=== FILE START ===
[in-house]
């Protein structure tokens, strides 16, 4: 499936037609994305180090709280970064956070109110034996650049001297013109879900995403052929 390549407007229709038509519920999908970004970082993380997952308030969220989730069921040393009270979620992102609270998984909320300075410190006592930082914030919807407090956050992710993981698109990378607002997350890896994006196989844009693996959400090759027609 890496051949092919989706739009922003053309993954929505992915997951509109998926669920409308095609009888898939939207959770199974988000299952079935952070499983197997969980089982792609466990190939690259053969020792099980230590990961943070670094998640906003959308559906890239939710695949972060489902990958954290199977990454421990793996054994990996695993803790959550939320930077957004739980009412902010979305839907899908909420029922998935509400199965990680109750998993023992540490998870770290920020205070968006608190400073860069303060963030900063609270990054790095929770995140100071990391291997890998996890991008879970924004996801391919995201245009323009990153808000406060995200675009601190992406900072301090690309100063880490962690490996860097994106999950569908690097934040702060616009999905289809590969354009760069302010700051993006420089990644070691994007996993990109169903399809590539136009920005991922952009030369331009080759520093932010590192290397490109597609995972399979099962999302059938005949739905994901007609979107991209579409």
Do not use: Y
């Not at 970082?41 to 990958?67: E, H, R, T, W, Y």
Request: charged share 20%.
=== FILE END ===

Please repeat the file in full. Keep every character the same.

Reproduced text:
[in-house]
């Protein structure tokens, strides 16, 4: 499936037609994305180090709280970064956070109110034996650049001297013109879900995403052929 390549407007229709038509519920999908970004970082993380997952308030969220989730069921040393009270979620992102609270998984909320300075410190006592930082914030919807407090956050992710993981698109990378607002997350890896994006196989844009693996959400090759027609 890496051949092919989706739009922003053309993954929505992915997951509109998926669920409308095609009888898939939207959770199974988000299952079935952070499983197997969980089982792609466990190939690259053969020792099980230590990961943070670094998640906003959308559906890239939710695949972060489902990958954290199977990454421990793996054994990996695993803790959550939320930077957004739980009412902010979305839907899908909420029922998935509400199965990680109750998993023992540490998870770290920020205070968006608190400073860069303060963030900063609270990054790095929770995140100071990391291997890998996890991008879970924004996801391919995201245009323009990153808000406060995200675009601190992406900072301090690309100063880490962690490996860097994106999950569908690097934040702060616009999905289809590969354009760069302010700051993006420089990644070691994007996993990109169903399809590539136009920005991922952009030369331009080759520093932010590192290397490109597609995972399979099962999302059938005949739905994901007609979107991209579409």
Do not use: Y
């Not at 970082?41 to 990958?67: E, H, R, T, W, Y």
Request: charged share 20%.